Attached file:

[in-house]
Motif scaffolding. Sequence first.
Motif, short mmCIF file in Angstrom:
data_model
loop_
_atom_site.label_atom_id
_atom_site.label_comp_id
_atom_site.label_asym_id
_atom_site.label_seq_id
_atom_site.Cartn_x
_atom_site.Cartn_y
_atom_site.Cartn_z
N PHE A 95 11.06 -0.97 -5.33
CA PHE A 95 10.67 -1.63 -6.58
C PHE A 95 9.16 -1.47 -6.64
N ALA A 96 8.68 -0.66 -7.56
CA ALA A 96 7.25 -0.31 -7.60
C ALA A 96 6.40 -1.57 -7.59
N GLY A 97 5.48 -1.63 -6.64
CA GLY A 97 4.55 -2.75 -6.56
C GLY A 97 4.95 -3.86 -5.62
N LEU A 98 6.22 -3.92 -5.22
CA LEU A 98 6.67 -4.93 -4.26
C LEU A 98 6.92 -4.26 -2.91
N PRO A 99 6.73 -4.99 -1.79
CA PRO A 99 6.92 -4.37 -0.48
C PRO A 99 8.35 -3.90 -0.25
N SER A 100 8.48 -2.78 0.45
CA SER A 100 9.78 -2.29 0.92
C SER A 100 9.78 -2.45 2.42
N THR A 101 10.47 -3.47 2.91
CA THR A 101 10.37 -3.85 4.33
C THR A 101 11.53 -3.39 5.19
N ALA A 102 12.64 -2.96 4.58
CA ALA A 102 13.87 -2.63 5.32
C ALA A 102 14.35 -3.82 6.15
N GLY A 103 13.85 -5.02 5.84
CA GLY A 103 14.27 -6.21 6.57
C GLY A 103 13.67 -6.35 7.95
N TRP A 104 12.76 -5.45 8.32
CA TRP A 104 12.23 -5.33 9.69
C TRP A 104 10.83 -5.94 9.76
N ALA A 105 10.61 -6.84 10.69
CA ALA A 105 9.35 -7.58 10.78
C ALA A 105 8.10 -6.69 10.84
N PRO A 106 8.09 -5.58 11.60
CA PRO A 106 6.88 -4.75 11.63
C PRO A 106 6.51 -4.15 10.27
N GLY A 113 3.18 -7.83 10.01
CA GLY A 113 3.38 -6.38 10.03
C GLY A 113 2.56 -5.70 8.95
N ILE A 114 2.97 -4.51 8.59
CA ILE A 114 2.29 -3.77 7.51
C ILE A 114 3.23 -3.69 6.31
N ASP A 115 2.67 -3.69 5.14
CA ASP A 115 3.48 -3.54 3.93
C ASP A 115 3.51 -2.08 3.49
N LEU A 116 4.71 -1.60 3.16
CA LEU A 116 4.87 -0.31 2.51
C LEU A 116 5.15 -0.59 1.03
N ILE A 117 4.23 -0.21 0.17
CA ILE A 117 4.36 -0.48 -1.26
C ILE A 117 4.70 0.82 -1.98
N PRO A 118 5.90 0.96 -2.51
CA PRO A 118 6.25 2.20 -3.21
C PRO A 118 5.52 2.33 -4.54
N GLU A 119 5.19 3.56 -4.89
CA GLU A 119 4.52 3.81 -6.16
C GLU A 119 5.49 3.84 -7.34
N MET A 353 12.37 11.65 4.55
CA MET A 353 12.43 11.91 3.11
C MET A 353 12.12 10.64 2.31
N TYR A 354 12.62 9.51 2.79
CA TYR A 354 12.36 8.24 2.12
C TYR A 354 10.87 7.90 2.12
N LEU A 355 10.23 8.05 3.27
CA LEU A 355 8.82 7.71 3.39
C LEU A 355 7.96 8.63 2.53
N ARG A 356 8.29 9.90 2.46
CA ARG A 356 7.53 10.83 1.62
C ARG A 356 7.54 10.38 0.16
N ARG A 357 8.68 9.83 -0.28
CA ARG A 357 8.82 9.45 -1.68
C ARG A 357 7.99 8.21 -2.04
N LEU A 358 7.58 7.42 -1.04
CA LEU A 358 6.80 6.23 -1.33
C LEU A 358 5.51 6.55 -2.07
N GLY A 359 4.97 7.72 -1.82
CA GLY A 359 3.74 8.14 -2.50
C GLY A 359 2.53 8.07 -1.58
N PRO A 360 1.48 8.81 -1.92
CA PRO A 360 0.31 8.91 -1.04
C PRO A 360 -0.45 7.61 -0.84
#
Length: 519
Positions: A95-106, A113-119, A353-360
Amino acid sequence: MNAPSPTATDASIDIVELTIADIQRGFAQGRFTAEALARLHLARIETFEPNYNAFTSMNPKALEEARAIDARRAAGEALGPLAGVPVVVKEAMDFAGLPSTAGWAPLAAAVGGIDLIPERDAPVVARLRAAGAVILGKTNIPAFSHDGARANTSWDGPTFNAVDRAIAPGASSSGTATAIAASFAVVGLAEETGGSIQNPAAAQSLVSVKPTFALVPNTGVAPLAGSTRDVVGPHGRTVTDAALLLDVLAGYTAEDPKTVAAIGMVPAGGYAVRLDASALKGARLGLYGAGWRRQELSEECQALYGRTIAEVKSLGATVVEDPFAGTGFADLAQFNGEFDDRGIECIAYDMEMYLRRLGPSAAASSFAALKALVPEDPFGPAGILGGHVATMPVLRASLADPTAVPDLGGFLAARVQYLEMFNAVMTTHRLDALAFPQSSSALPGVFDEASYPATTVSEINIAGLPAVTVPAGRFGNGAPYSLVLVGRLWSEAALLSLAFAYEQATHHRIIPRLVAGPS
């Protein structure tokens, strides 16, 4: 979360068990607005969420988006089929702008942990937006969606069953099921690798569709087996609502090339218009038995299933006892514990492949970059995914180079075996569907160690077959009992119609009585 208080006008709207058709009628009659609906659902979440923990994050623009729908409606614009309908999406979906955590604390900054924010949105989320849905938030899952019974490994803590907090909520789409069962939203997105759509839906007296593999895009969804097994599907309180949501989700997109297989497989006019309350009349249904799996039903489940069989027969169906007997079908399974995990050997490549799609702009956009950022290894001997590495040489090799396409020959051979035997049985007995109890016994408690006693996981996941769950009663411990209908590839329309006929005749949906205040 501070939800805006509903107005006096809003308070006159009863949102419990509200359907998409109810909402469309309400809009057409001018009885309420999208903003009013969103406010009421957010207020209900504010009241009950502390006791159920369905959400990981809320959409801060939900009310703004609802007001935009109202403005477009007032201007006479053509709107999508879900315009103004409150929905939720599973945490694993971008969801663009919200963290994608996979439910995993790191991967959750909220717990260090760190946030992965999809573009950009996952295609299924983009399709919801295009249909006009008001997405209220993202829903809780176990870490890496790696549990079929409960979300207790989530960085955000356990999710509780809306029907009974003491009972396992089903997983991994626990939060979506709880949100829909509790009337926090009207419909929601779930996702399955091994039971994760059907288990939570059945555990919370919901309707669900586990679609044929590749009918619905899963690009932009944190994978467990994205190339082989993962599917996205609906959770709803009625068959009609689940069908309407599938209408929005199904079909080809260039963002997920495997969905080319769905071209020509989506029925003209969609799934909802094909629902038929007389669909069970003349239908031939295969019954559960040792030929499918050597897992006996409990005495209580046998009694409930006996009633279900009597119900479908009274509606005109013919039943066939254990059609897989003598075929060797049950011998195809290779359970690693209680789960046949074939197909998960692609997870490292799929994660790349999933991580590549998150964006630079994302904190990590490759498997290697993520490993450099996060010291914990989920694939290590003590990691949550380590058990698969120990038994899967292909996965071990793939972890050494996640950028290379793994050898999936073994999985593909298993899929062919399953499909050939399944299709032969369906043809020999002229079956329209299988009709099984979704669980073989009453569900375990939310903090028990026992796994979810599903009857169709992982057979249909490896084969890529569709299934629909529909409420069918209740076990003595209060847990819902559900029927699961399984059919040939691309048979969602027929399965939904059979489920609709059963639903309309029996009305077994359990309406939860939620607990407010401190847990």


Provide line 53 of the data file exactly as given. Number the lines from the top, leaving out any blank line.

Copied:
CA ILE A 114 2.29 -3.77 7.51